Meet Sylvia Adome

Meet Sylvia Adome

Sylvia, pictured here enjoying a drink at a café in Nairobi, Kenya, tells us: “I’m living my best Black lady life! I try my best to laugh every day even during the toughest times. I treasure the little unspoken moments in life!”

“As a child, I watched so much TV,” reminisces Sylvia Adome (she/her/hers). “I was the child that went to sit near the TV thinking I would be closer to the actors.” Growing up in Nairobi, Kenya, she found Hollywood films captivating. Sylvia was the kid who could name every Angelina Jolie movie and recite Jennifer Aniston’s filmography from memory. When she received a scholarship to attend a private boarding school in Kenya’s Kisumu County, she got even more exposure to mainstream American media and began charting the course for her future.

The storylines of the dramas and thrillers she watched gave Sylvia the impression that anything was possible in the realm of imagination. “After being exposed to that, I was inspired to work hard,” she says. Sylvia was soon among her school’s top-ranked students, had her academic accomplishments featured in one of Kenya’s leading national newspapers, and won college scholarships. She chose to study in the United States at the encouragement of her mother.

Sylvia graduated from Whitman College in Walla Walla this past December with her degree in economics and theater. She acknowledges that this pairing may seem unconventional, but she knows the skillsets she developed will serve her well. “I decided to pursue theater because I wanted to understand how to access an audience,” explains Sylvia, “and with theater, I met students from different races, religions, and socioeconomic backgrounds.”

Sylvia has already gained significant firsthand experience in the areas of global economy and management. She participated in a fellowship with Davis Projects for Peace, where she was awarded a grant to start an organization in Busia, Uganda, which borders Kenya. The organization combats child trafficking and provides resources to survivors and their families. Last summer, Sylvia worked as a finance intern for Salama Integrated Fish Farm, also in Uganda, where she was able to learn about farming, tax policies, and international commerce. This internship held a special significance for Sylvia, who comes from a family of business owners in the farming industry.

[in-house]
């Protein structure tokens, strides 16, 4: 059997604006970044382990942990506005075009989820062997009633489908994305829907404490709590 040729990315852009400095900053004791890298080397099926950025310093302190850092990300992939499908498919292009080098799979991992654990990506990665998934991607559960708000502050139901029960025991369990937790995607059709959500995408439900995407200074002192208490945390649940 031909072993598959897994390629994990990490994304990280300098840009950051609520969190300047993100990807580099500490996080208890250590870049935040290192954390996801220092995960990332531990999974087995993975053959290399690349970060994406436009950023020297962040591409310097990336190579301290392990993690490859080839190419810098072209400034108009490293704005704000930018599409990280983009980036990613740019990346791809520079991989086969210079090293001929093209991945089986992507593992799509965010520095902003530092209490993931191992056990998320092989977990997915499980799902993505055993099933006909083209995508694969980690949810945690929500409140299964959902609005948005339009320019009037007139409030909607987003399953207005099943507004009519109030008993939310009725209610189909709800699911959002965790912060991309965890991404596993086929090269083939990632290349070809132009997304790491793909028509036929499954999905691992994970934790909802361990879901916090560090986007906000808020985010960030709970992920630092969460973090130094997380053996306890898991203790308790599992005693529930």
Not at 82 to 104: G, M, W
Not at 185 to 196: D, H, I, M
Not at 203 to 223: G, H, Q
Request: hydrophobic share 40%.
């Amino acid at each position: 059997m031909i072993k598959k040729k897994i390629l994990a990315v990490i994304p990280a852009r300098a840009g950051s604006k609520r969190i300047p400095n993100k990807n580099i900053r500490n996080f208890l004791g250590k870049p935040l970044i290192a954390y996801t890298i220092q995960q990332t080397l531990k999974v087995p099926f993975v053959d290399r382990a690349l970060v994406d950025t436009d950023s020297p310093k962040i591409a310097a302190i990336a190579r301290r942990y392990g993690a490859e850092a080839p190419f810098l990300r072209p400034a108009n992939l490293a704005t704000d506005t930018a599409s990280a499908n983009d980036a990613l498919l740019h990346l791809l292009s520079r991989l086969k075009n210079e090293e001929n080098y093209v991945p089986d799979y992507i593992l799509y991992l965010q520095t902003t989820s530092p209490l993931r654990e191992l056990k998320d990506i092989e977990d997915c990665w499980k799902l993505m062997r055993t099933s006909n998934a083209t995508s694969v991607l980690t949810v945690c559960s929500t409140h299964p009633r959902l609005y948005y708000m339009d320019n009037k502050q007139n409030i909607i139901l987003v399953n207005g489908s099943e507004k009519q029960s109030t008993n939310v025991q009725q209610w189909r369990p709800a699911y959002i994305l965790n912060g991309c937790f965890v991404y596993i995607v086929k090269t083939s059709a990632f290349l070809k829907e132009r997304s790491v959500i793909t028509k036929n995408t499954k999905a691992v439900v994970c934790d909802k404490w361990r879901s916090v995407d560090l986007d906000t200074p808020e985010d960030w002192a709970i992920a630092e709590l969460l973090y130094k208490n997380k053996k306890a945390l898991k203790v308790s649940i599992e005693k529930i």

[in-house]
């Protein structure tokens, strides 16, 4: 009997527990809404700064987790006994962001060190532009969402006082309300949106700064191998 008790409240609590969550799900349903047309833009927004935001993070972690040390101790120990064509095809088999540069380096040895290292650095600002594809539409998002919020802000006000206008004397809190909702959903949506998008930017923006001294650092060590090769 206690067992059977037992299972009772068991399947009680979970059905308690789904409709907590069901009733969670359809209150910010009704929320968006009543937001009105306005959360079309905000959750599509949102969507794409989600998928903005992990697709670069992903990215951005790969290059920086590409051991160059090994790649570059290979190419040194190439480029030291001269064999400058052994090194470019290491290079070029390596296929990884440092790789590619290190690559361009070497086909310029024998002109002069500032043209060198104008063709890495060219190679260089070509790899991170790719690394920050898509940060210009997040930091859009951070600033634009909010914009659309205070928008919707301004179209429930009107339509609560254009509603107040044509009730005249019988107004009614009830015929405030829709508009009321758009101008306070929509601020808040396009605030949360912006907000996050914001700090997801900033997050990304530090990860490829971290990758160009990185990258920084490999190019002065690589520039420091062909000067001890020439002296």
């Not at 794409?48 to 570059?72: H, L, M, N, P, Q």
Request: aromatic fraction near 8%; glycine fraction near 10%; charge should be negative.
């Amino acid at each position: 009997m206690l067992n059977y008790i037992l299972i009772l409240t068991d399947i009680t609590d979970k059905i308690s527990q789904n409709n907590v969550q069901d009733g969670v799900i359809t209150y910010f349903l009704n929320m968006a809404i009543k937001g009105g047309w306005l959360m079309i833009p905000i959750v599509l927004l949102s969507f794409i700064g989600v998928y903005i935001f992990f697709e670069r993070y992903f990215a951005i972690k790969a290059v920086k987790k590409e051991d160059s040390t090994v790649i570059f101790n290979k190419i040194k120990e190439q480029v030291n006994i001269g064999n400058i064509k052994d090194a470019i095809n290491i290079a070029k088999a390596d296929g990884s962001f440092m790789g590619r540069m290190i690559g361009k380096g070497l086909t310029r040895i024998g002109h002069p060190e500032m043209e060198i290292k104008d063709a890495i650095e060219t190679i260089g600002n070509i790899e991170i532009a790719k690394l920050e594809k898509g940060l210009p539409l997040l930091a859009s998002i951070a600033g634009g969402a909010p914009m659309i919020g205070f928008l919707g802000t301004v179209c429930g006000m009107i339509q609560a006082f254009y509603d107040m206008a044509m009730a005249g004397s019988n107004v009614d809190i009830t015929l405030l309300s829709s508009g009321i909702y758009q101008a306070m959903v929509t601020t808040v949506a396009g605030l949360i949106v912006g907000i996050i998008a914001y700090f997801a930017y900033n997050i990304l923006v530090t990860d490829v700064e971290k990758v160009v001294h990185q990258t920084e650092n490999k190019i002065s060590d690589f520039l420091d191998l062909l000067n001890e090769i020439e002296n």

As the latest team member to join our investment team, Sylvia will serve as an analyst in the internship program. She’ll be based in Walla Walla and looks forward to developing relationships, assisting with research, conducting ongoing due diligence, and supporting special projects. She is also excited to be part of an organization whose commitment to racial justice is demonstrated by the people present in the work, which she noted immediately by the racially diverse group of colleagues who greeted her on screen during her first meeting at Inatai.

She reveals her years adjusting to a predominantly white university while figuring out how to navigate racism in the United States were not easy, but that seeing facets of her identity represented in others makes a big difference in feeling welcome in new spaces. She notes, “As a Black African girl in America, to fully be recognized for my accomplishments is a big deal.”